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Lipstick and Teargas
Police Violence and the Cultural Economy of Neoliberalism in South Korea
Thursday, April 27, 2006
3:00 PM - 5:00 PM
243 Royce Hall
The UCLA Center for Korean Studies presents
Lipstick and Teargas: Police Violence and the Cultural Economy
of Neoliberalism in South Korea
By Professor Jong Bum Kwon, UCOP Post-Doctoral Fellow in Korean Studies
I examine the social-cultural processes of democratization and neoliberal market formation in post-authoritarian South Korea through the analysis of new tactics of policing labor protest implemented after the Asian Financial Crisis (1997). This presentation is based on eighteen months of ethnographic research of the “Daewoo Motor Union Struggle against Redundancy Dismissals,” a long and violent standoff with the state that began when 1750 production workers from the Bupyŏng factory (located in an industrial city west of Seoul) were laid-off (2001). I begin with the proposition that violence may be understood as a form of social memory. State violence, particularly as it is embodied by riot police and tear gas, conjures memories of military dictatorship. The new policing tactics are practices of producing cultural amnesia and imagining the state as "new", modern, and democratic. I examine, for example, the "lipstick line", an unarmed and all female police company deployed to patrol labor protest venues. The "lipstick line" represents the gentle, non-violent face of the state, in stark contrast to the all male, armed and black-clad riot police. It creates the image of the police, and by extension, the state as rational, peaceful and disinterested institutions that function through modern democratic conventions and the rule of law as opposed to arbitrary violence and terror. These practices, moreover, reconfigure the relationship between victim and perpetrator. The "new" state is the victim and "militant" labor is the perpetrator. As the instigators of violence, labor was identified as an unruly remnant of the authoritarian past threatening the new economy. Democratization and neoliberal market formation coincided in Korea, and the management of memories of violence has been crucial to refashioning the state as the guardian of democracy as well as the market.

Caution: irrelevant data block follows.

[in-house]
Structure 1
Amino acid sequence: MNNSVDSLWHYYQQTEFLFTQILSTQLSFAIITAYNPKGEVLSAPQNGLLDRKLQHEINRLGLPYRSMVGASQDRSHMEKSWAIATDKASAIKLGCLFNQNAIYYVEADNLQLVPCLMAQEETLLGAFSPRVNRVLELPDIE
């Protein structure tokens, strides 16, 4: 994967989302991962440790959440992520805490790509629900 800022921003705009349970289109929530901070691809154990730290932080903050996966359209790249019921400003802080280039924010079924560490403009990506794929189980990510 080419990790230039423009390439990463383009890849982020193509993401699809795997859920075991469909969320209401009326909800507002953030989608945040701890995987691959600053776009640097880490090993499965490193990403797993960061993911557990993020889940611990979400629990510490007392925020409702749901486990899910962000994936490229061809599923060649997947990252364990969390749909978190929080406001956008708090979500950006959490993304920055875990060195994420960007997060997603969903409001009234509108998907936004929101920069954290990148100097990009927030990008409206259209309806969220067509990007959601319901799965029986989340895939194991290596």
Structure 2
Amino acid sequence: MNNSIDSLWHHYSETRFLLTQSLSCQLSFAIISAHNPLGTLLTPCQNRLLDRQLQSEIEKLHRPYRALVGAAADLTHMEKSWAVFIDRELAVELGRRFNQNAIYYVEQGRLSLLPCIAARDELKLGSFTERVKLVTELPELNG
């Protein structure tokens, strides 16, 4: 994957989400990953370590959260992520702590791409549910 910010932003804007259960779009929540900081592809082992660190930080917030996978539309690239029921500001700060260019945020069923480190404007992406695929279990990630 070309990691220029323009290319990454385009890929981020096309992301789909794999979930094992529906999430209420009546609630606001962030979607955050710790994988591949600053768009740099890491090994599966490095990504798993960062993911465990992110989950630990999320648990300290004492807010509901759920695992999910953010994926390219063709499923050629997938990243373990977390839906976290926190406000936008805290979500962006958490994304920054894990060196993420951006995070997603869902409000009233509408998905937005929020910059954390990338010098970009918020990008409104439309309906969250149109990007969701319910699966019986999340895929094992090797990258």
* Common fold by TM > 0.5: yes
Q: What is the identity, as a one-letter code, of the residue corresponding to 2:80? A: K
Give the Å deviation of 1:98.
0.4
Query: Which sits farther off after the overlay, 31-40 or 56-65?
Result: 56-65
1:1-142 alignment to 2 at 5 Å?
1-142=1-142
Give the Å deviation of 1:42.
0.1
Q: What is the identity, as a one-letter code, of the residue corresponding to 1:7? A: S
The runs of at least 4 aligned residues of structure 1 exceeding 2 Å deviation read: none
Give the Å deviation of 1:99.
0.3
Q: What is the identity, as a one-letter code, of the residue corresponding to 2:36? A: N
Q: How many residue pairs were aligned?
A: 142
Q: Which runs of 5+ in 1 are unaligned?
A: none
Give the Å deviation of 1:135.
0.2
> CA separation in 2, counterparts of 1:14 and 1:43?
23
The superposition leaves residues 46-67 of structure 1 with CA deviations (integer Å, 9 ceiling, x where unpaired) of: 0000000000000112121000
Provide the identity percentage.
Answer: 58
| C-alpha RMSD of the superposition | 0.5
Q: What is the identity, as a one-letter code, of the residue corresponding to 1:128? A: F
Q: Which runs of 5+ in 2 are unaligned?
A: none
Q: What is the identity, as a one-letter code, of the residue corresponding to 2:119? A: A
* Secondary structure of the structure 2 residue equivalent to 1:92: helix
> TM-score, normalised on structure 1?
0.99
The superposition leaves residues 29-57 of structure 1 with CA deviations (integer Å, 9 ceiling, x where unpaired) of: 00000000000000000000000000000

This lecture is part of the ongoing Korea Colloquia series of lecture.
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